The Glass Menagerie Summary and Analysis
Laura is polishing her collection of glass animals, and Amanda returns home visibly disturbed. She has made an unsettling discovery. On the way to her D.A.R. meeting (Daughters of the American Revolution), Amanda stopped at Rubicam's Business College, where Laura has supposedly been taking lessons, to tell the teachers that Laura has a cold and to ask about Laura's progress. Amanda discovered that Laura has not been going to class everyday, but instead dropped out of the school after only a few days of attendance. The teacher remembered Laura only as the shy girl who trembled so much that she couldn't hit the keys.
Amanda, bemoaning the waste of fifty dollars for the tuition, asks Laura where she has been everyday. Laura, clearly shaken and guilt-stricken, admits that she has spent all of these days walking in the park or going to museums, keeping up the deception because she could not bear Amanda's disappointment.
Amanda talks about her fears - economically, Laura has no way of supporting herself, and women without husbands and jobs end up dependent on resentful relatives. She asks if Laura has ever liked a boy, and Laura responds shyly that in high school she had a crush on a boy named Jim. He used to call her "Blue Roses," having misheard her when she told him that she had been ill with an attack of pleurosis. However, the yearbook says that Jim and his high school girlfriend were engaged, and so Laura assumes that the two of them must be married.
Amanda tells Laura that she must try to find a husband. Laura reacts doubtfully and with great sadness, responding that she is crippled and therefore cannot find a husband. Amanda reminds Laura that she has told her daughter never to use the word "cripple," and says that Laura should overcome her "little defect" by cultivating charm.
This is the first scene where the audience sees Laura taking care of her glass menagerie. The glass menagerie is the most important symbol for Laura and her fragility. Her engagement with the tiny animals reveals how painfully afraid she is of interaction with other humans. The qualities of glass parallel Laura's characteristics: like the tiny glass animals, she is delicate, beautiful in her oddness and terribly fragile. The little collection, like Laura, is locked completely in the realm of the home. The animals must be kept on a little shelf and polished; there is only one place where they truly belong. In a similar way, Laura is kept and cared for, dependent on her mother and brother for financial support.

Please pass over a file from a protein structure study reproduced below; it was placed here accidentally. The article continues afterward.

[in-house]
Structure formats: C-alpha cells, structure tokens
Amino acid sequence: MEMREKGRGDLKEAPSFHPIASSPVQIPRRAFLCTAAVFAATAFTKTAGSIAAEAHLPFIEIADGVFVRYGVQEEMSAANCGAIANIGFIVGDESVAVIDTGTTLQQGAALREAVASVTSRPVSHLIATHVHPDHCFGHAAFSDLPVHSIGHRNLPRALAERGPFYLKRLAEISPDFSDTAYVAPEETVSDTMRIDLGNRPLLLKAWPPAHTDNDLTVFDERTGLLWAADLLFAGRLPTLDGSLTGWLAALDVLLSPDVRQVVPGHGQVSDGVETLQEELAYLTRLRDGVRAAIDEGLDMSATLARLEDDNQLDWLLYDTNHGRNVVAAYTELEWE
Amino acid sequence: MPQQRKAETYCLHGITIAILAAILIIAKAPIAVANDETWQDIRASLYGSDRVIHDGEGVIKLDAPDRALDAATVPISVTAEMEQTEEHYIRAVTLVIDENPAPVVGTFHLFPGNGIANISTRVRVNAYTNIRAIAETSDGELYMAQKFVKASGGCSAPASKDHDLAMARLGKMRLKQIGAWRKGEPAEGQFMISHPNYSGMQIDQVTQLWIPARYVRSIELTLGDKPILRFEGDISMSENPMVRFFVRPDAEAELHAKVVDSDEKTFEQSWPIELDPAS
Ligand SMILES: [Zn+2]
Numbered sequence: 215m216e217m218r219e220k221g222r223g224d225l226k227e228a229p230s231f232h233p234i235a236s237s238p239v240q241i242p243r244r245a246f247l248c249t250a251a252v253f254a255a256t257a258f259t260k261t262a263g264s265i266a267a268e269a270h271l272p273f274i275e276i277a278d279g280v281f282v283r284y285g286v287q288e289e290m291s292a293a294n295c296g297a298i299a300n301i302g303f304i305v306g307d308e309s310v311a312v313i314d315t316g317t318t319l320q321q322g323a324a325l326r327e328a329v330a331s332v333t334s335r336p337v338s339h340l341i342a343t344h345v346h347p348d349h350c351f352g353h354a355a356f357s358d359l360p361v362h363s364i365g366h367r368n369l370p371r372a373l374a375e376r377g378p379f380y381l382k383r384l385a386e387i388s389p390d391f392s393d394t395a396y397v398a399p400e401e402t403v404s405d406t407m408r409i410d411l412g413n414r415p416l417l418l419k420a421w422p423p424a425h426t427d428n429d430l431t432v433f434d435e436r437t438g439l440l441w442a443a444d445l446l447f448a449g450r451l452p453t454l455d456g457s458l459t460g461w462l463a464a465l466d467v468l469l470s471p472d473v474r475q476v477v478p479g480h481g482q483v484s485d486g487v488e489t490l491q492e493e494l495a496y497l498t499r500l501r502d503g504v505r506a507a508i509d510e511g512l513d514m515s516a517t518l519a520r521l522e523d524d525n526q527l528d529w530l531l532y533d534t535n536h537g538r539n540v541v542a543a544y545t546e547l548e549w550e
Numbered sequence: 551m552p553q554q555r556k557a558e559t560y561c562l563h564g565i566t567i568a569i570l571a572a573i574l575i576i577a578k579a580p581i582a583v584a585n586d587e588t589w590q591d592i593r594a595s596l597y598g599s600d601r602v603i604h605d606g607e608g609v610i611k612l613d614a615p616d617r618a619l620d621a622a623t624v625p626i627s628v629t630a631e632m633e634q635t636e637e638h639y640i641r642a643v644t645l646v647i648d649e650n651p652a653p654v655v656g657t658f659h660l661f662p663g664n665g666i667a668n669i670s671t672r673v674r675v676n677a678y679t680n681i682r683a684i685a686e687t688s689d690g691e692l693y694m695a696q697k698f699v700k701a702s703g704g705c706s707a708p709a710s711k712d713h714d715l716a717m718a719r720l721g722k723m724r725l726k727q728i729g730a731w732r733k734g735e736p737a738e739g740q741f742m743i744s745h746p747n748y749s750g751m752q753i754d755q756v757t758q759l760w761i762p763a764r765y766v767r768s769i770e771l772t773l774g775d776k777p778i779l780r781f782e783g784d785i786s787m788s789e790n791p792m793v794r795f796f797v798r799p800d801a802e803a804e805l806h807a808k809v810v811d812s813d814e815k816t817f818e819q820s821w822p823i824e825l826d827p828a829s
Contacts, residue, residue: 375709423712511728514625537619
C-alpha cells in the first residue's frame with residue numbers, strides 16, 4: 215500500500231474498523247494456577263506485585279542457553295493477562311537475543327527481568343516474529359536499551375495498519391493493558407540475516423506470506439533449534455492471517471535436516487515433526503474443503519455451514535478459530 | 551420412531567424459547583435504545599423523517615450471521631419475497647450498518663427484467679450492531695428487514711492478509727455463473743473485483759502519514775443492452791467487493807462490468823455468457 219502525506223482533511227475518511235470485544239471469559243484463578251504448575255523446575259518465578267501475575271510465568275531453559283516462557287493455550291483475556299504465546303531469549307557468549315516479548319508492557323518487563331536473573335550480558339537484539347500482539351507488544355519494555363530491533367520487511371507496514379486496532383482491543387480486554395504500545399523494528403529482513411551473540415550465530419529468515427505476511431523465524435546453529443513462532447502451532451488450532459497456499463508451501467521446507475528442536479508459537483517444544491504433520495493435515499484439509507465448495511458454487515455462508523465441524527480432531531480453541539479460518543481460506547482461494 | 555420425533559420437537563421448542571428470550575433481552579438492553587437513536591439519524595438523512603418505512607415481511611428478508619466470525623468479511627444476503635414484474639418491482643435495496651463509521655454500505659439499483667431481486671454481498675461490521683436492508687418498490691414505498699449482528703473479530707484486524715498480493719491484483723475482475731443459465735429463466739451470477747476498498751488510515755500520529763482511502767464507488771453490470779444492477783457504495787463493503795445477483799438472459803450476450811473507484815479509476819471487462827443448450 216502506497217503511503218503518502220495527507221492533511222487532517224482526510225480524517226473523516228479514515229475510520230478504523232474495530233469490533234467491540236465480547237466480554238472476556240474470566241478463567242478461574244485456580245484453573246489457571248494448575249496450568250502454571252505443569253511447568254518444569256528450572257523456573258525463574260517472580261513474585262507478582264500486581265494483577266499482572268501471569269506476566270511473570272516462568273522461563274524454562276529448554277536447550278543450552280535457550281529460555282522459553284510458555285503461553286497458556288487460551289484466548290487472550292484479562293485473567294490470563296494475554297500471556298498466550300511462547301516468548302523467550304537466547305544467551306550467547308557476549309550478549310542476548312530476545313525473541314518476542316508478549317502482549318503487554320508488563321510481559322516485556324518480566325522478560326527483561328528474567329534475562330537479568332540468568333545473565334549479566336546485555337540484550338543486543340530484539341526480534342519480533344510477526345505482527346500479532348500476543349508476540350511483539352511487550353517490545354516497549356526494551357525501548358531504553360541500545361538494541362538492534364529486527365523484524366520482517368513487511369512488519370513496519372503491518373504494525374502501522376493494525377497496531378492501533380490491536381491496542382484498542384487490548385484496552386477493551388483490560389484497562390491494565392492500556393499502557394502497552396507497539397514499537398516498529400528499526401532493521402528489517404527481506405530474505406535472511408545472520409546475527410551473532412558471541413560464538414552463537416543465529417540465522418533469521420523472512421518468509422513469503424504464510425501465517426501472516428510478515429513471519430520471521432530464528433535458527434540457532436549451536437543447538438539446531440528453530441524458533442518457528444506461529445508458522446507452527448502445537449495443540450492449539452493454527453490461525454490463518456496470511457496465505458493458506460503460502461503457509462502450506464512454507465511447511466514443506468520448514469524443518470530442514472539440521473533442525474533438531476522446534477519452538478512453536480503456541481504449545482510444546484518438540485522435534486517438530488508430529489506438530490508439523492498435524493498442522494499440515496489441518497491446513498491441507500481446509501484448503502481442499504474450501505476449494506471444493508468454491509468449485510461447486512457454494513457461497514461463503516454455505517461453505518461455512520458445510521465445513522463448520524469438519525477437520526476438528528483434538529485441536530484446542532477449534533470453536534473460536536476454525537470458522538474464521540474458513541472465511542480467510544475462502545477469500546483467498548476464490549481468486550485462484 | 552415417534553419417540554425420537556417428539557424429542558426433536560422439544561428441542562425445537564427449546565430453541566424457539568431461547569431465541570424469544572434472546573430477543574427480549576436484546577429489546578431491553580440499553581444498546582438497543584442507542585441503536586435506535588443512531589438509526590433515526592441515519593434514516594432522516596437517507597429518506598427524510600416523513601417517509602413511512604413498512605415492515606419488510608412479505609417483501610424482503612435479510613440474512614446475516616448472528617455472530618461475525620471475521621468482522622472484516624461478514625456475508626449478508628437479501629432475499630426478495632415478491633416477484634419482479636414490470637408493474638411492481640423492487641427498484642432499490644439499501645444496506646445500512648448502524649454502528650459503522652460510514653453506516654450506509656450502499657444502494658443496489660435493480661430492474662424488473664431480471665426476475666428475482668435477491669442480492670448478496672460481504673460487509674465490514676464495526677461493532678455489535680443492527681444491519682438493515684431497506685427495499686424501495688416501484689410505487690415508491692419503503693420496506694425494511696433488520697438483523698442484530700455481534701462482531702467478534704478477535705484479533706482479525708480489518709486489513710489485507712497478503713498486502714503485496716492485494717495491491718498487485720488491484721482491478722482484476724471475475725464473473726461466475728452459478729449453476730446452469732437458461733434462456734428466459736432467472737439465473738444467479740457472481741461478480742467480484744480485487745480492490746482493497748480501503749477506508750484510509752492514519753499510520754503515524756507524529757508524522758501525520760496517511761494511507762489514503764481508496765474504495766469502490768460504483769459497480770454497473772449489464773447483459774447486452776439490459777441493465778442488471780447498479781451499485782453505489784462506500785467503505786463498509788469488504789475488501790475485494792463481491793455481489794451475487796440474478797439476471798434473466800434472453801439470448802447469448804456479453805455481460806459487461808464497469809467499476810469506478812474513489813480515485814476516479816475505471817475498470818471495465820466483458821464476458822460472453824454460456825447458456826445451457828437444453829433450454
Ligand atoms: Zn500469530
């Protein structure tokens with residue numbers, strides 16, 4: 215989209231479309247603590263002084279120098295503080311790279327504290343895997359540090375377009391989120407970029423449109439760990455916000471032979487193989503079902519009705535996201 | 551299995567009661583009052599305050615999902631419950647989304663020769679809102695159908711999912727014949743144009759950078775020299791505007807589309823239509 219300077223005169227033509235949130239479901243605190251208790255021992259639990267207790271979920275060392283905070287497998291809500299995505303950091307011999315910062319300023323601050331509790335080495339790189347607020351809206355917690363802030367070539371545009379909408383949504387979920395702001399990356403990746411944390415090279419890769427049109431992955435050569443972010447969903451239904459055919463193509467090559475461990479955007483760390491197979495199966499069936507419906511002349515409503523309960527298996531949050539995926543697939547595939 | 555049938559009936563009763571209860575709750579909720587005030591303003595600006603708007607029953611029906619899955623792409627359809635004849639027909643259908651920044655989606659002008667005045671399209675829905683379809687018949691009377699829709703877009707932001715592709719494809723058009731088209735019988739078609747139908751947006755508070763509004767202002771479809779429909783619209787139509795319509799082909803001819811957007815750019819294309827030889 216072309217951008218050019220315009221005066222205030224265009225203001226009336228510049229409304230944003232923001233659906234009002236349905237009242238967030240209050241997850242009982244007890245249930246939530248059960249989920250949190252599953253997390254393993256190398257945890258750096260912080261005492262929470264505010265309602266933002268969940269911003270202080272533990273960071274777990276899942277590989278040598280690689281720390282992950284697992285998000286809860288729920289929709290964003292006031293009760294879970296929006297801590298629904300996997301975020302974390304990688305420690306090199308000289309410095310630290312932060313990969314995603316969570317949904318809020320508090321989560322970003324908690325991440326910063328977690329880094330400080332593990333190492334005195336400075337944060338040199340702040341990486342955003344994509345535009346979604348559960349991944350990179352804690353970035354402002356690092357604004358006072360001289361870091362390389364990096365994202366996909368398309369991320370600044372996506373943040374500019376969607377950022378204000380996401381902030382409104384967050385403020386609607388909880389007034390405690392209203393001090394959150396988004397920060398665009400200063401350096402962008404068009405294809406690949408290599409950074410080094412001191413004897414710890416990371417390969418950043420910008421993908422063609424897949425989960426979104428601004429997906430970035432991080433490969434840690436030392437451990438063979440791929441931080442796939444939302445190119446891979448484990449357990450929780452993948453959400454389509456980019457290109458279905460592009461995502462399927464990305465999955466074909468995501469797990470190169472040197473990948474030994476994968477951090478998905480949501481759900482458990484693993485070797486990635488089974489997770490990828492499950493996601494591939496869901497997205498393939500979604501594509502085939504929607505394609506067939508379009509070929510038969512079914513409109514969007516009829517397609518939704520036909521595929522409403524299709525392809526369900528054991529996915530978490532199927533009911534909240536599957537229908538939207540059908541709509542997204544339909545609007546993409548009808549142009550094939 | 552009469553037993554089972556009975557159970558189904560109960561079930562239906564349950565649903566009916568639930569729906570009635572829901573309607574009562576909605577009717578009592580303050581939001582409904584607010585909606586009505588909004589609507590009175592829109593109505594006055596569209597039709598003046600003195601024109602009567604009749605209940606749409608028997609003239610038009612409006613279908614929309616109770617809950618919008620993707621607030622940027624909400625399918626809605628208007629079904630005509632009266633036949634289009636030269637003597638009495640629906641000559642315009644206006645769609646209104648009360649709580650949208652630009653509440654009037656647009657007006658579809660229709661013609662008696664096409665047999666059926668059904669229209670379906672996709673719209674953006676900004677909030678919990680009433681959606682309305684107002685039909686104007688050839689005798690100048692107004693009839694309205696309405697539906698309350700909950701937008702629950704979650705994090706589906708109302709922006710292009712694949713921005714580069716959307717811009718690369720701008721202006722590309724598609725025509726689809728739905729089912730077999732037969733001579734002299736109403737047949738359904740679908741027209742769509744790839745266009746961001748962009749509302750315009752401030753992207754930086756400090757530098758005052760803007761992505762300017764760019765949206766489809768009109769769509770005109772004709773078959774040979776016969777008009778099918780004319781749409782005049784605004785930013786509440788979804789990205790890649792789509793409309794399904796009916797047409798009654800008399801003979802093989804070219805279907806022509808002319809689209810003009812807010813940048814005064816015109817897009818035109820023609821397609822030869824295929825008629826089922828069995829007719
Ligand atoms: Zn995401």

The Blue Roses are another important symbol of Laura. The image of blue roses is a beautiful one, and it is the image that is indicated as being on the screen at the start of Scene Two. But blue roses are also pure fantasy, non-existent in the real world. Laura, like a blue rose, is special, unique even, but she is also cut off from real life.
Laura's attempt to learn job skills at Rubicam's Business College was a terrible failure. Her true crippling ailment is not her leg but her shyness, and this anxiety becomes manifest as physical illness. Laura could not bear to continue going to class. Her subsequent deception and fear of her own mother's disappointment shows how oppressive Amanda can be; although Amanda is not intentionally cruel and means to be only loving, her investment in her children and her need to live through them is a terrible burden for both Tom and Laura.
Amanda's anxieties show the difficulty of their financial situation. She is sincerely fearful of what will become of Laura, now that Laura has given up any hope of a career. Amanda works, but the Wingfield family is dependent on Tom's wages. This dependency puts Tom in a difficult position, and we'll see more of that difficulty in Scene Three.
Throughout the play, Amanda vacillates between a realistic appraisal of her situation and a willful blindness towards the truth. Here, early in the play, we see Amanda in brutally honest form - she knows, deep down, that Laura is not going to be easy to marry off, and her attempts to make Laura support herself have failed. It is after this crushing disappointment that Amanda begins to retreat back into the illusion of a gentleman caller swooping in to save the day.
The Glass Menagerie Essays and Related Content
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- About The Glass Menagerie
- Character List
- Glossary of Terms
- Major Themes
- Summary and Analysis of Scene 1
- Summary and Analysis of Scene 2
- Summary and Analysis of Scene 3
- Summary and Analysis of Scene 4
- Summary and Analysis of Scene 5
- Summary and Analysis of Scene 6
- Summary and Analysis of Scene 7
- The Dead Gay Guy
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- Test Yourself! - Quiz 2
- Test Yourself! - Quiz 3
- Test Yourself! - Quiz 4
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